Last Thursday, President Joe Biden told the country that fully vaccinated people no longer need to wear masks indoors or outdoors, calling it a “great day.” The federal government’s new policy, along with falling case counts and increasing vaccination numbers, was another sign that the crisis phase of the pandemic—in the United States at least—was drawing to a close. On the same day that Biden looked toward the pandemic’s end, a group of 18 prominent scientists looked, figuratively, in the opposite direction, toward how it all began. In a letter in Science seeking answers about the pandemic’s origins, they questioned the joint report from China and the World Health Organizations that dismissed the hypothesis that the COVID-19 virus could have spread after a lab accident in Wuhan, China. “[M]ore investigation is still needed to determine the origin of the pandemic,” they wrote. “Theories of accidental release from a lab and zoonotic spillover both remain viable.”
In the spring of 2020, the so-called “lab leak” hypothesis, which many scientists now say publicly needs to be interrogated further, was often characterized as something of a conspiracy theory in news articles. The Chinese government and researchers there have fervently denied that it is a possibility, and the World Health Organization investigation gave the hypothesis scant attention. While many prominent researchers argue the weight of the evidence indicates COVID-19 was the result of natural spillover—they appear to be in an increasing competion with others in their fields who now say the matter is far from settled. The Bulletin has been following this debate from the pandemic’s early days and has produced significant coverage on COVID-19’s origins, a focus that is part and parcel with the Bulletin’s long-standing coverage of biosecurity.
Here are some of the key stories we’ve published on the subject:
In late winter 2020, some on the right, including conservative newspapers and Sen. Tom Cotton, R-Ark., were questioning whether COVID-19 was the product of bioweapons research. Experts widely dismissed that conspiracy theory as false, citing evidence including the genetic structure of the SARS-CoV-2 virus. But what was lost in the bioweapon coverage was that some experts did in fact think there was a real possibility that the outbreak in Wuhan could have resulted from a lab accident.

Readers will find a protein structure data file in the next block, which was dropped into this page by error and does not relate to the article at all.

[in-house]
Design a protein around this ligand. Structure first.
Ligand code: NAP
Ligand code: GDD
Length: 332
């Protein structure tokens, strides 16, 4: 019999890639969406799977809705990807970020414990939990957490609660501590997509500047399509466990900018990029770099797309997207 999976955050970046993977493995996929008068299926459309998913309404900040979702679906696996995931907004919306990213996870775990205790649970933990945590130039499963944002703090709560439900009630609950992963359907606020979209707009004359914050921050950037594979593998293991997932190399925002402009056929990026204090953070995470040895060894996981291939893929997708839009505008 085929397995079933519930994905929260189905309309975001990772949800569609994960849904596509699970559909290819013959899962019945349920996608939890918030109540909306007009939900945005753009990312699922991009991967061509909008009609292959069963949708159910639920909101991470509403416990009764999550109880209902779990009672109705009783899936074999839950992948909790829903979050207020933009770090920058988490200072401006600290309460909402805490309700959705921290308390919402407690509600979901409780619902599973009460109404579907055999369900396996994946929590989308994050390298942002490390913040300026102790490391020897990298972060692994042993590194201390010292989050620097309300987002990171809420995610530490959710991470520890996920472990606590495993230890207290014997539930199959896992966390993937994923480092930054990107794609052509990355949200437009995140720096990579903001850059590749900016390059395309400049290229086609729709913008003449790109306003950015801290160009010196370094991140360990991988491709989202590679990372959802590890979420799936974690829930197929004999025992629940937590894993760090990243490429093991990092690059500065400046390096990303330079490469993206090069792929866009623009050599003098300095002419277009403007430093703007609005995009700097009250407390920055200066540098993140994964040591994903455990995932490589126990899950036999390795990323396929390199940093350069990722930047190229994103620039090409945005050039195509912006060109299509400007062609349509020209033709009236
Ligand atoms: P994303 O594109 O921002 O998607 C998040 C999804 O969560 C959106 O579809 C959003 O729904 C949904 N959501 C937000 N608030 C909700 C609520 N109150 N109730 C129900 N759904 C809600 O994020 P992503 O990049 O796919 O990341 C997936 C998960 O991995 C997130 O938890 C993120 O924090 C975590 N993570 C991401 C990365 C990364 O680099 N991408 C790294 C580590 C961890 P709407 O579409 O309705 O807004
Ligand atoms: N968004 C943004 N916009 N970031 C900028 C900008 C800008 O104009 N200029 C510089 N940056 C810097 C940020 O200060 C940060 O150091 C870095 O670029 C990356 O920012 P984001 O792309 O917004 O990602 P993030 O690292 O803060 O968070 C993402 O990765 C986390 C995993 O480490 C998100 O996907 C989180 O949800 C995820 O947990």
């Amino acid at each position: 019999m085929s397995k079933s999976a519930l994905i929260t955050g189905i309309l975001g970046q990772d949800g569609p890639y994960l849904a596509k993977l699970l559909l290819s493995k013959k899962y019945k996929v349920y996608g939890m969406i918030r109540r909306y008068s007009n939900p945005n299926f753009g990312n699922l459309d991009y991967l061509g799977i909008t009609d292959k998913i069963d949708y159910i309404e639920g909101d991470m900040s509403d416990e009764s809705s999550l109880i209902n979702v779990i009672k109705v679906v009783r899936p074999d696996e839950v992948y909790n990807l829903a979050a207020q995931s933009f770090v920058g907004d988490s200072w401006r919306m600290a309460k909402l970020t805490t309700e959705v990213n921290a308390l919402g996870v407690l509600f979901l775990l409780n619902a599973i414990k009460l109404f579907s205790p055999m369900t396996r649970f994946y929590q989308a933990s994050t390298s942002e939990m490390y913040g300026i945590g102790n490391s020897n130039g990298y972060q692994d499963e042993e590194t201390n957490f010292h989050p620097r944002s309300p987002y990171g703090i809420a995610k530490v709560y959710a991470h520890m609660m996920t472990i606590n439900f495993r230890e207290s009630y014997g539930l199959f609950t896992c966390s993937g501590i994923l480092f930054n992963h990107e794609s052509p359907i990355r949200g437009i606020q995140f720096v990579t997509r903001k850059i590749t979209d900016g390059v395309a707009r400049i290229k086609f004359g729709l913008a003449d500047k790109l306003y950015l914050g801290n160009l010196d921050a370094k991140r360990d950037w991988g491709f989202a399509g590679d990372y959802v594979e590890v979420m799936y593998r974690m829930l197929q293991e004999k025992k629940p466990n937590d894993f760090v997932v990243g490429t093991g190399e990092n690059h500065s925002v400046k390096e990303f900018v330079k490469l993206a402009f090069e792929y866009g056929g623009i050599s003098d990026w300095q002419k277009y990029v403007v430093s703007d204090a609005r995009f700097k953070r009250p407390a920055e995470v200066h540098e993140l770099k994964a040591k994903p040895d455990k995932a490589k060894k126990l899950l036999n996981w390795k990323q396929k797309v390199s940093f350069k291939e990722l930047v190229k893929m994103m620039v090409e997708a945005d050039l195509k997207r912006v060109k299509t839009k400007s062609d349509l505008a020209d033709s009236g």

Hot zone in the heartland?
By Elisabeth Eaves
Well before the first cases of novel coronavirus infections were first reported at the end of 2019, Bulletin contributing editor Elisabeth Eaves was hard at work exploring the risks of lab releases. In partnership with The New Yorker, the Bulletin sent Eaves to Plum Island, off the coast of Connecticut to meet virologists at the BSL-3 (biosafety level 3) lab there who were studying lethal diseases for which treatments or vaccines existed. The US government’s decision to move the disease research lab’s functions from the island to a new advanced facility in the country’s agricultural heartland in Kansas worried experts who knew the real risks of accident causing outbreaks.
In June 2020, Milton Leitenberg, a prominent expert on biological and chemical weapons, wrote a detailed account of the risks posed by the two virology centers in Wuhan. “Long before Trump, Pompeo and Co. sought a Chinese scapegoat for the president’s gross and willful incompetence, researchers understood that the possibility of laboratory escape of the pathogen was a plausible, if unproven, possibility. It is most definitely not ‘a conspiracy theory.’”
In May last year, biosecurity expert and frequent Bulletin contributor Filippa Lentzos wrote about what needed to happen to fully investigate the origins of COVID-19, detailing what she called a “forensic investigation.” She wrote that the “international community is not completely in the dark on forensic investigations; it has plenty of experience to draw on from the security side.” While China agreed to a joint China-World Health Organization investigation of the virus’s origins, researchers never took an in-depth look into Wuhan research labs. As the recent letter in Science suggests, many scientists now want investigators to conduct a more thorough investigation into the lab leak hypothesis.
Also in May, Ali Nouri, then the president of the American Federation of Scientists, took aim at the Trump administration’s loose talk about who was to blame for the pandemic. Even as the US intelligence community claimed to be investigating the possibility that the pandemic was the result of a lab leak, as Nouri points out, Trump, backed up by right-wing pundits like Rush Limbaugh and Rudy Giulliani, claimed to reporters that he had a “high degree of confidence” that the a Wuhan lab was the source of COVID-19. Nouri argued that it is more likely the pandemic had natural, i.e., a non-laboratory origin.
This past month, the Bulletin published another big COVID-19 origins story, one by former New York Times science journalist Nicholas Wade. For some biosecurity experts, it was among the clearest distillations of the lab leak hypothesis yet. The science community took note, in particular, of a key quote in the piece by Nobel laureate David Baltimore. Referring to a particular part of the COVID-19 virus, Baltimore said, “when I first saw the furin cleavage site in the viral sequence, with its arginine codons, I said to my wife it was the smoking gun for the origin of the virus.” Some virologists have said Baltimore is wrong in asserting that this particular part of the virus’s genome is evidence of nefarious engineering, citing evidence that similar sites exist in other coronaviruses.
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